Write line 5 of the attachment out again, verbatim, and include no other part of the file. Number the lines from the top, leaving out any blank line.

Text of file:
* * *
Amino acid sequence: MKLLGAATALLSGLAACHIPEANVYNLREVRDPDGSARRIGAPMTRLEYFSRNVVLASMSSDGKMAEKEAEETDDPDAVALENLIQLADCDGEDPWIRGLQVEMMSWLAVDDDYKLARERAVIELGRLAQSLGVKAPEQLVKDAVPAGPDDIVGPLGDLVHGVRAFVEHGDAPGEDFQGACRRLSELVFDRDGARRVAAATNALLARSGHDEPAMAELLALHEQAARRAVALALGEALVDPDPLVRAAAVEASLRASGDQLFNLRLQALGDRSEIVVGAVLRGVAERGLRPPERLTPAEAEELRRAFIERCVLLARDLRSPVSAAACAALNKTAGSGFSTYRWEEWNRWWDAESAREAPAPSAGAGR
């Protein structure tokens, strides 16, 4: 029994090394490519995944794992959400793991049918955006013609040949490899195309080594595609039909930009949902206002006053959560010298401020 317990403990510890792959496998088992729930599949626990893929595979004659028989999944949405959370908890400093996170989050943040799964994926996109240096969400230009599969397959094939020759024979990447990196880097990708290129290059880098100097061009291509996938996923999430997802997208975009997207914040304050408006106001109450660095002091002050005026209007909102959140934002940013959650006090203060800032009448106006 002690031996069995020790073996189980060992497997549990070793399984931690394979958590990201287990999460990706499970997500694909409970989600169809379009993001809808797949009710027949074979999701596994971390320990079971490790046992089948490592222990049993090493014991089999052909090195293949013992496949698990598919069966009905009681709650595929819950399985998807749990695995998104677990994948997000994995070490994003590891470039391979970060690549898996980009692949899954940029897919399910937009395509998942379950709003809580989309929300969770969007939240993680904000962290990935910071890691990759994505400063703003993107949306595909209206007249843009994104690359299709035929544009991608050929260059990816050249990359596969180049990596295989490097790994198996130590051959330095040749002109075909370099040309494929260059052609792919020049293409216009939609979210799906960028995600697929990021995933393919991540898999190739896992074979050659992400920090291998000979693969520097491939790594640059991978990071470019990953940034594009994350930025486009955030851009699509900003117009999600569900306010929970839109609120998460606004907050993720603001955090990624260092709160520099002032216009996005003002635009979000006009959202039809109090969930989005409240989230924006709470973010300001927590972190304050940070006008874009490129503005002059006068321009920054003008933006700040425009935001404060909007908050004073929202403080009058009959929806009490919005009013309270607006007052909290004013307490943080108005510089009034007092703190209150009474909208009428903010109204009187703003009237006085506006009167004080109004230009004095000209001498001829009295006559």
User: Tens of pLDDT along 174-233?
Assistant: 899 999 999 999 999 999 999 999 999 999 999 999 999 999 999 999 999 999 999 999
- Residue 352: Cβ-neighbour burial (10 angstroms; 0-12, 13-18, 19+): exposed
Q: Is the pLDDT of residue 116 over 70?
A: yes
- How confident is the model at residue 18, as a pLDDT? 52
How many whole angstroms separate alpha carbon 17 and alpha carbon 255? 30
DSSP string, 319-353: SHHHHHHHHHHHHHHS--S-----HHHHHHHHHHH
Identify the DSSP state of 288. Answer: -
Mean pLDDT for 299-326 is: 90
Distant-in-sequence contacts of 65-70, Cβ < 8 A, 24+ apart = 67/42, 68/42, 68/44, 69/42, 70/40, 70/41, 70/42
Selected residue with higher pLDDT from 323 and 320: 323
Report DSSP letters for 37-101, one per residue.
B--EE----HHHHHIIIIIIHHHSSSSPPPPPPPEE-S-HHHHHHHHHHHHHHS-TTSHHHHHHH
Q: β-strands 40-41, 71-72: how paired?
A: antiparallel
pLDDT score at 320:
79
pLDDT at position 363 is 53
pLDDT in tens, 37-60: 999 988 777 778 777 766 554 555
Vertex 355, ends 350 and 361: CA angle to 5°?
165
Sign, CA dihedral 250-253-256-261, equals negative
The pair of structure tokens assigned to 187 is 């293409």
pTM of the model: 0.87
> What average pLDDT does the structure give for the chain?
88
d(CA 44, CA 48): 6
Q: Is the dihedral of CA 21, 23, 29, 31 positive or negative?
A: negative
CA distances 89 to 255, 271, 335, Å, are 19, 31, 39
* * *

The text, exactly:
- Residue 352: Cβ-neighbour burial (10 angstroms; 0-12, 13-18, 19+): exposed